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The most common passwords on the dark web are those users have been repeatedly warned away from. Can training help?
“Password,” “12345” and “Qwerty123.”
Those are still some of the most commonly found passwords leaked on the dark web by hackers, even after years of work by federal, state and local governments and businesses to educate users on the need for complex, hard-to-guess passwords.
Cybersecurity experts said that while governments and businesses can have all manner of software and policies designed to prevent breaches, still the most basic vulnerabilities like easy-to-guess passwords can pose the greatest threat.
“This is the equivalent of having really good cameras and high-tech technology and equipment inside your house but leaving all the windows and doors unlocked or even just gaping wide open,” said James Yeager, vice president of public sector and healthcare at CrowdStrike.
Experts have consistently warned of the risks of poor password management. In its Data Breach Investigations Report released earlier this year, Verizon found that the second most common threat is the use of stolen credentials, including passwords. Indeed, the report noted that it first mentioned instances of criminals leveraging weak passwords in 2013, and the problem has continued since then.
The problem of weak passwords is also acute among employees in state and local government, according to separate research. Just 48% of government and public sector respondents to EY’s Human Risk in Cybersecurity Survey released in October said they are very confident in their ability to use strong passwords at work.
The broader cybersecurity survey found that Gen Z and millennial employees are “significantly more likely” to use the same password for professional and personal accounts, something Tapan Shah, EY Americas’ consulting cybersecurity leader said in a statement should be a “wake-up call” for security officials.
“There is an immediate need for organizations to restructure their security strategy with human behavior at the core,” Shah said. “Human risk must be at the top of the security agenda, with a focus on understanding employee behaviors and then building proactive cybersecurity systems and a culture that educates, engages and rewards everyone in the enterprise.”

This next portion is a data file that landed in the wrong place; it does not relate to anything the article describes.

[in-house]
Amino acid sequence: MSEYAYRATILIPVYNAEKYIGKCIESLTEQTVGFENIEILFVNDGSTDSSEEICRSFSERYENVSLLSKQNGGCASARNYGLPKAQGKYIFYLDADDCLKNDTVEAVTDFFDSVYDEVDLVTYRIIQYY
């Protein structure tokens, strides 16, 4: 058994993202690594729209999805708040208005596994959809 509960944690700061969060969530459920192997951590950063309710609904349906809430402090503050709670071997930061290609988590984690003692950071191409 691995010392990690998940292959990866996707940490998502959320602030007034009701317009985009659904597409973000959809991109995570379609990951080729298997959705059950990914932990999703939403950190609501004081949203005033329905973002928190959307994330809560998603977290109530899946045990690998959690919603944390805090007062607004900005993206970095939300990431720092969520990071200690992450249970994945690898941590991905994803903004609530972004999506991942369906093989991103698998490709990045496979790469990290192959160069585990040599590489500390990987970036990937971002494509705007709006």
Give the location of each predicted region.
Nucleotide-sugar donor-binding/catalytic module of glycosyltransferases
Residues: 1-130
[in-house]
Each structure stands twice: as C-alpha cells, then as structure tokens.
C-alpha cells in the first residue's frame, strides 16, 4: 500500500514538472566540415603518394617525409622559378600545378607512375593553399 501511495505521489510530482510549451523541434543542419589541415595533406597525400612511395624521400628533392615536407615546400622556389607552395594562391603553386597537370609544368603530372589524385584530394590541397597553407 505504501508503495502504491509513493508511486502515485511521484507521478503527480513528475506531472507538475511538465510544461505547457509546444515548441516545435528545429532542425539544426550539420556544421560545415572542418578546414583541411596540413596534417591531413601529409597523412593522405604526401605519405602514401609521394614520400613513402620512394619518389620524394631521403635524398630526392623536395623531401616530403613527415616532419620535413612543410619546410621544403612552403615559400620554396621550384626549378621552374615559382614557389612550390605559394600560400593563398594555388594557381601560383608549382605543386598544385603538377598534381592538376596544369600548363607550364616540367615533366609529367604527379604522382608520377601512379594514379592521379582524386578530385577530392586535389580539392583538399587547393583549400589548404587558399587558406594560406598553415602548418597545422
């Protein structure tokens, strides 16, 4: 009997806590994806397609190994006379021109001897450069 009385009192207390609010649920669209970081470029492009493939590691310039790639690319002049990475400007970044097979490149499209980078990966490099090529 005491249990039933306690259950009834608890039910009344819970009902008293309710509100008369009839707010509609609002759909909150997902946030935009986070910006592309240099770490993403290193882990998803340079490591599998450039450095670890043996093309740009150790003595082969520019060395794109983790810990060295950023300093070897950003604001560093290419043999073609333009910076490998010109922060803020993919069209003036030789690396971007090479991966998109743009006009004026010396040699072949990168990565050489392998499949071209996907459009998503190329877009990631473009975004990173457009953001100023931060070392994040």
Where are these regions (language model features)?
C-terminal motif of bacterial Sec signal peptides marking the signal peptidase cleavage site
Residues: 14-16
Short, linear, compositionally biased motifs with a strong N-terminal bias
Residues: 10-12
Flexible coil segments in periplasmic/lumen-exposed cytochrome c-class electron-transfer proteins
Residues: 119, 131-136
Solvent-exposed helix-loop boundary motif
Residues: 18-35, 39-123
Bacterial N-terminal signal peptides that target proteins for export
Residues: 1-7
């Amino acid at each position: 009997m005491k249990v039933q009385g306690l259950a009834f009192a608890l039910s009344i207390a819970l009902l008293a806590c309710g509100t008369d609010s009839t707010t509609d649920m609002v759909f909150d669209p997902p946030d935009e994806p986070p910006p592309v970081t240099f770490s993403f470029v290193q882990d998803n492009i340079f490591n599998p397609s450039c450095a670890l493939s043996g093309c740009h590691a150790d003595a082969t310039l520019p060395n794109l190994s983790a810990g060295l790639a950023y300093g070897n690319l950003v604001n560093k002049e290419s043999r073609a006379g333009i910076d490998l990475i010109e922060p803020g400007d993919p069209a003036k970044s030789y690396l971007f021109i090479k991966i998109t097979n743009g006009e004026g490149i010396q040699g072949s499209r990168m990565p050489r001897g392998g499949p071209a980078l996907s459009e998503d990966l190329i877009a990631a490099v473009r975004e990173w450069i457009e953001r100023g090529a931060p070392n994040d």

Observers said the best way to build good password habits is by training employees more rigorously as part of an organization’s overall cyber hygiene program. Chris Estes, EY’s US state, local & education market, finance, operations & technology leader, said that means governments must recognize that they are at risk and that their employees are a major risk vector.
“If you realize that you're vulnerable, then you'll start taking the actions that are necessary at the user level to help protect the organization,” he said.
Estes also urged governments to require employees to change their passwords regularly as part of an overall “action plan” that also includes ensuring devices have up to date software and cyber protections and encrypting data where possible. Those factors, he said, all contribute to “building that cyber culture.”
The Verizon report said that if employees receive more training on good cyber practices, that can “potentially help improve security behaviors” by encouraging them to use a password manager, multi-factor authentication or other tools. Researchers said it is better to get employees to change their habits than to rely on technology like artificial intelligence.
“Clearly the Human Element leaves a lot to be desired when it comes to information security,” the report said. “Even when a breach is not directly caused by a person, the information systems were still built by people. Frankly, we’d rather have people solving the problems since asking the AI to do it sounds much trickier.”
Meanwhile, federal officials are looking to support a future without passwords and instead make use of public-key cryptography, biometrics and authentication tokens.
While local governments may be years away from similar solutions, better training and management of passwords in the meantime is achievable, Yeager said. While governments can be diligent about software updates and patches to prevent attacks, he said it’s important to “get a better handle on the “basic stuff that’s sitting right in front of us.”
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